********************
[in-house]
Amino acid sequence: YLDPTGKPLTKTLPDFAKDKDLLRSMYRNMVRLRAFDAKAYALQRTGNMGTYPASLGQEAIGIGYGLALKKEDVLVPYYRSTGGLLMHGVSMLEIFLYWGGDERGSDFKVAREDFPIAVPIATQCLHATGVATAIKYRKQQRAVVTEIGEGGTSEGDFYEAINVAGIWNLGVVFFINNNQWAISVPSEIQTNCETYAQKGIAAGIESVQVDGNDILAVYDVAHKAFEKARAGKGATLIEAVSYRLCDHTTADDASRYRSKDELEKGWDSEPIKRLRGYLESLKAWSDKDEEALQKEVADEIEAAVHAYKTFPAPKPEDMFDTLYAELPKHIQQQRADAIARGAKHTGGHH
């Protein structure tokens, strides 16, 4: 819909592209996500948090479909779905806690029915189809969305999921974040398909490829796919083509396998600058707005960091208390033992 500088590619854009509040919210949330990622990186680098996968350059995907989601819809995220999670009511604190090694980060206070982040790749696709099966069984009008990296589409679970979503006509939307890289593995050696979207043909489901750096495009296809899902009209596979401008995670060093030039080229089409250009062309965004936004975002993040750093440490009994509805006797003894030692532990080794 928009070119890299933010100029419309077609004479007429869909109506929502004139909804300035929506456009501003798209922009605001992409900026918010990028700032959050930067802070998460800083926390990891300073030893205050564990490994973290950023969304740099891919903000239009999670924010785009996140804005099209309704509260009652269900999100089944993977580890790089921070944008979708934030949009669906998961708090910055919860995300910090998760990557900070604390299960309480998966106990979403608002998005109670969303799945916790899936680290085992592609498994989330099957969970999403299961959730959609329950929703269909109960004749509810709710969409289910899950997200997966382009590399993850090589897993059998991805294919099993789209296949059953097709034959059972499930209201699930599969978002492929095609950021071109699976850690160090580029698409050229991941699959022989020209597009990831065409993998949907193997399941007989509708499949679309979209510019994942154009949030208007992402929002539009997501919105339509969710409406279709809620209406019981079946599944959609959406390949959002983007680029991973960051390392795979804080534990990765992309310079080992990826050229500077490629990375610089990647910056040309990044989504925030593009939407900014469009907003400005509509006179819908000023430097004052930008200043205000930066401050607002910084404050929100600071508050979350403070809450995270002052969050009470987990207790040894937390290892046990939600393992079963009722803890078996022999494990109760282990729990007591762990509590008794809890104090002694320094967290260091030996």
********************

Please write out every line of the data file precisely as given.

[in-house]
Amino acid sequence: YLDPTGKPLTKTLPDFAKDKDLLRSMYRNMVRLRAFDAKAYALQRTGNMGTYPASLGQEAIGIGYGLALKKEDVLVPYYRSTGGLLMHGVSMLEIFLYWGGDERGSDFKVAREDFPIAVPIATQCLHATGVATAIKYRKQQRAVVTEIGEGGTSEGDFYEAINVAGIWNLGVVFFINNNQWAISVPSEIQTNCETYAQKGIAAGIESVQVDGNDILAVYDVAHKAFEKARAGKGATLIEAVSYRLCDHTTADDASRYRSKDELEKGWDSEPIKRLRGYLESLKAWSDKDEEALQKEVADEIEAAVHAYKTFPAPKPEDMFDTLYAELPKHIQQQRADAIARGAKHTGGHH
């Protein structure tokens, strides 16, 4: 819909592209996500948090479909779905806690029915189809969305999921974040398909490829796919083509396998600058707005960091208390033992 500088590619854009509040919210949330990622990186680098996968350059995907989601819809995220999670009511604190090694980060206070982040790749696709099966069984009008990296589409679970979503006509939307890289593995050696979207043909489901750096495009296809899902009209596979401008995670060093030039080229089409250009062309965004936004975002993040750093440490009994509805006797003894030692532990080794 928009070119890299933010100029419309077609004479007429869909109506929502004139909804300035929506456009501003798209922009605001992409900026918010990028700032959050930067802070998460800083926390990891300073030893205050564990490994973290950023969304740099891919903000239009999670924010785009996140804005099209309704509260009652269900999100089944993977580890790089921070944008979708934030949009669906998961708090910055919860995300910090998760990557900070604390299960309480998966106990979403608002998005109670969303799945916790899936680290085992592609498994989330099957969970999403299961959730959609329950929703269909109960004749509810709710969409289910899950997200997966382009590399993850090589897993059998991805294919099993789209296949059953097709034959059972499930209201699930599969978002492929095609950021071109699976850690160090580029698409050229991941699959022989020209597009990831065409993998949907193997399941007989509708499949679309979209510019994942154009949030208007992402929002539009997501919105339509969710409406279709809620209406019981079946599944959609959406390949959002983007680029991973960051390392795979804080534990990765992309310079080992990826050229500077490629990375610089990647910056040309990044989504925030593009939407900014469009907003400005509509006179819908000023430097004052930008200043205000930066401050607002910084404050929100600071508050979350403070809450995270002052969050009470987990207790040894937390290892046990939600393992079963009722803890078996022999494990109760282990729990007591762990509590008794809890104090002694320094967290260091030996």